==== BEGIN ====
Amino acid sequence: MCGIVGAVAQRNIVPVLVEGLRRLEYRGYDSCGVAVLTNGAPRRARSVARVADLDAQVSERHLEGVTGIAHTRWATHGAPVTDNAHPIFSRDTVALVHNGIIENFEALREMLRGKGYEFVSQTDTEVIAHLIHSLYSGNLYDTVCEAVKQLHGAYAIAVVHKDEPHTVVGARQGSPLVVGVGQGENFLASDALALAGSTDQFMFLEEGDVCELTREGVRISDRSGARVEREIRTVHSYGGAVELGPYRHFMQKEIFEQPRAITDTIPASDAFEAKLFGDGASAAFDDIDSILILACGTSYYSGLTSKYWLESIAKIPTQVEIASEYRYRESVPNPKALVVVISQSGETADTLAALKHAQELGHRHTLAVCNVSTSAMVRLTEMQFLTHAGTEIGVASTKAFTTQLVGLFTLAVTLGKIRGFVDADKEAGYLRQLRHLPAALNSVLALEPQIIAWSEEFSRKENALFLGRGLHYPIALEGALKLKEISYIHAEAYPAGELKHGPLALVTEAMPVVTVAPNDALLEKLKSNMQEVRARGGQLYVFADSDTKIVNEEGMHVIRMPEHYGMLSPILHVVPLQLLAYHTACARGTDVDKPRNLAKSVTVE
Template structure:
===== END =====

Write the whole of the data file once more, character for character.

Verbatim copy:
Amino acid sequence: MCGIVGAVAQRNIVPVLVEGLRRLEYRGYDSCGVAVLTNGAPRRARSVARVADLDAQVSERHLEGVTGIAHTRWATHGAPVTDNAHPIFSRDTVALVHNGIIENFEALREMLRGKGYEFVSQTDTEVIAHLIHSLYSGNLYDTVCEAVKQLHGAYAIAVVHKDEPHTVVGARQGSPLVVGVGQGENFLASDALALAGSTDQFMFLEEGDVCELTREGVRISDRSGARVEREIRTVHSYGGAVELGPYRHFMQKEIFEQPRAITDTIPASDAFEAKLFGDGASAAFDDIDSILILACGTSYYSGLTSKYWLESIAKIPTQVEIASEYRYRESVPNPKALVVVISQSGETADTLAALKHAQELGHRHTLAVCNVSTSAMVRLTEMQFLTHAGTEIGVASTKAFTTQLVGLFTLAVTLGKIRGFVDADKEAGYLRQLRHLPAALNSVLALEPQIIAWSEEFSRKENALFLGRGLHYPIALEGALKLKEISYIHAEAYPAGELKHGPLALVTEAMPVVTVAPNDALLEKLKSNMQEVRARGGQLYVFADSDTKIVNEEGMHVIRMPEHYGMLSPILHVVPLQLLAYHTACARGTDVDKPRNLAKSVTVE
Template structure: